10/01/2005

Daily Kos: How You Shouldn't Die

The fear of letting a relative die when "he could recover" creates nightmarish deaths for long term care / elder patients. Yuck! -- law

How You Shouldn't Die
by spitonmars

...As an intern, I admitted patients from 4 major demographic groups: Chinatown, Wall Street, the nearby Federal Prison, and the local nursing home. End-of-life was always a huge issue with the nursing home patients because they were frequently on the brink, although frankly they didn't die all that often. Not as often as you'd expect people unable to speak/eat/move/think to die.

This is a problem. A common and costly problem. The problem is that they are in the process of dying. The process is long, it is painful, it is artificially prolonged, and it almost always ends in a horrific mess. I'll just sum it up like this- I don't want the standard hospital death for anyone I've ever met.

Here's the routine story-

The family never talked about end of life issues. Or if they did, it wasn't detailed enough.
The patient becomes mentally incapacitated by stroke/dementia/neurological complications of their disease.
Nobody steps up to ask for a "do not resuscitate" and especially not withdrawal of care because of one or more of the following reasons:
1. afraid they'll be seen as working towards killing their family member by the rest of the family
2. not sure what the patient would have wanted
3. in deep denial about prognosis because they hear about the miracles of medicine on the TV news and/or deep down think that god is smiling on their family

The medical team proceeds routinely, subordinating the relief of suffering to the extension of life, no matter how valueless/hopeless that life may be. This is changing for the better, but many doctors still have the "life is sacred" paradigm embedded deep down. It is also driven partly by financial considerations- doctors get reimbursement for their care and procedures performed, and most importantly there is the (real or imagined) threat of lawsuits from family members if any possible care is overlooked or withheld without their knowledge.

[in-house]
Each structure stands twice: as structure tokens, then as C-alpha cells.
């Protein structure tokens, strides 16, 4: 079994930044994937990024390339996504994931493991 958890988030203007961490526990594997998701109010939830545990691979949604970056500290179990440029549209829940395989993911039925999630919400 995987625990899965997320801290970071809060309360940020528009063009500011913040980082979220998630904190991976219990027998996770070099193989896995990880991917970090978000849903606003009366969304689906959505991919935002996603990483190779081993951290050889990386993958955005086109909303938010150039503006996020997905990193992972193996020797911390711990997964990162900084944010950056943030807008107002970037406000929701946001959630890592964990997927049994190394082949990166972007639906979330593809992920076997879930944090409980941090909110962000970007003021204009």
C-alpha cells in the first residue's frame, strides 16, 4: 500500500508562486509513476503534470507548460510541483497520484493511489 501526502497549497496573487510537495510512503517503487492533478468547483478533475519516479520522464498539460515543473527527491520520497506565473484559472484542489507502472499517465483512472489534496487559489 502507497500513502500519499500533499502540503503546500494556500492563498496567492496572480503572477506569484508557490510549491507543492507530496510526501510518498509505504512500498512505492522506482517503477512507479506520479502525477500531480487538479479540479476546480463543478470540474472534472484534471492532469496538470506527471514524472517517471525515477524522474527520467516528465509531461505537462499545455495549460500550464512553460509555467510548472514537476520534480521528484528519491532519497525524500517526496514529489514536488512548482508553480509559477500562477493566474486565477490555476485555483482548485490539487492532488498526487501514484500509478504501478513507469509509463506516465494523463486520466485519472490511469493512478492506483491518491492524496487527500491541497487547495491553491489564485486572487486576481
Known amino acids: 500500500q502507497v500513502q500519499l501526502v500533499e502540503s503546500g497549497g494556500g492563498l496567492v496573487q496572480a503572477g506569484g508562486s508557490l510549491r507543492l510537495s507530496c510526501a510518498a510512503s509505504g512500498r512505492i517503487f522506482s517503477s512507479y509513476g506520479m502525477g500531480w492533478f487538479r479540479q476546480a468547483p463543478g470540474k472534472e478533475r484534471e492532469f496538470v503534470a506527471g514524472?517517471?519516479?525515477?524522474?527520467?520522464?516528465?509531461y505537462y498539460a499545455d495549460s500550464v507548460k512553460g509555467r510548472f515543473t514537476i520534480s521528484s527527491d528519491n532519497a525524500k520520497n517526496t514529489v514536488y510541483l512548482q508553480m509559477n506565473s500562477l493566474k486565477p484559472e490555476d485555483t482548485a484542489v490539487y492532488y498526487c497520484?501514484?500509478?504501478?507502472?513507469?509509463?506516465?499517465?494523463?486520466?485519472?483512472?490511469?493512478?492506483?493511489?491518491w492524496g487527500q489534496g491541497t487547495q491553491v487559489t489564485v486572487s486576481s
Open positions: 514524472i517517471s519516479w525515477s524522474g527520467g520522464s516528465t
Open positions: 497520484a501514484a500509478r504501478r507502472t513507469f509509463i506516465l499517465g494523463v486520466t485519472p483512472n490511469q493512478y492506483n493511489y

Once the medical ball is rolling, the patient is subjected to increasingly painful and dangerous procedures- wide-caliber IV lines into the neck veins, feeding tubes pushed down the nose into the stomach, a catheter inserted into the artery in the wrist, a ventilator tube in the throat. Not all are given, it's tailored to the specific illness. People who are heavily demented may be mostly unresponsive but they are not anesthetized by their illness. They suffer.

Depending on degree of recovery/disability, these short-term fixes are converted into long-term care enablers. The feeding tube is implanted directly into the stomach, the ventilator tube is cut into the throat.

Patient's hospital stay is usually extended by infections spread by doctors and nurses from other long-term patients.

Somewhere along the way the family may be having second thoughts, but what can they do? They usually are not brave enough to break the precedent of aggressive treatment that has already been initiated, and their relative is improving by this time anyway. Planning for placement in a nursing facility is already underway, initiated by the hospital's crack length-of-stay reducing team.

The patient is discharged to a Skilled Nursing Facility (SNF, pronounced "sniff")

Patient returns every 3-4 weeks with an infection that has spread to the blood and threatens their life. It's usually from the urinary tract or lungs. The family follows precedent.

Antibiotics are given automatically, and as this is repeated, patient begins to grow highly resistant infections that go on to infect others on the same ward (see above) before going back to SNF.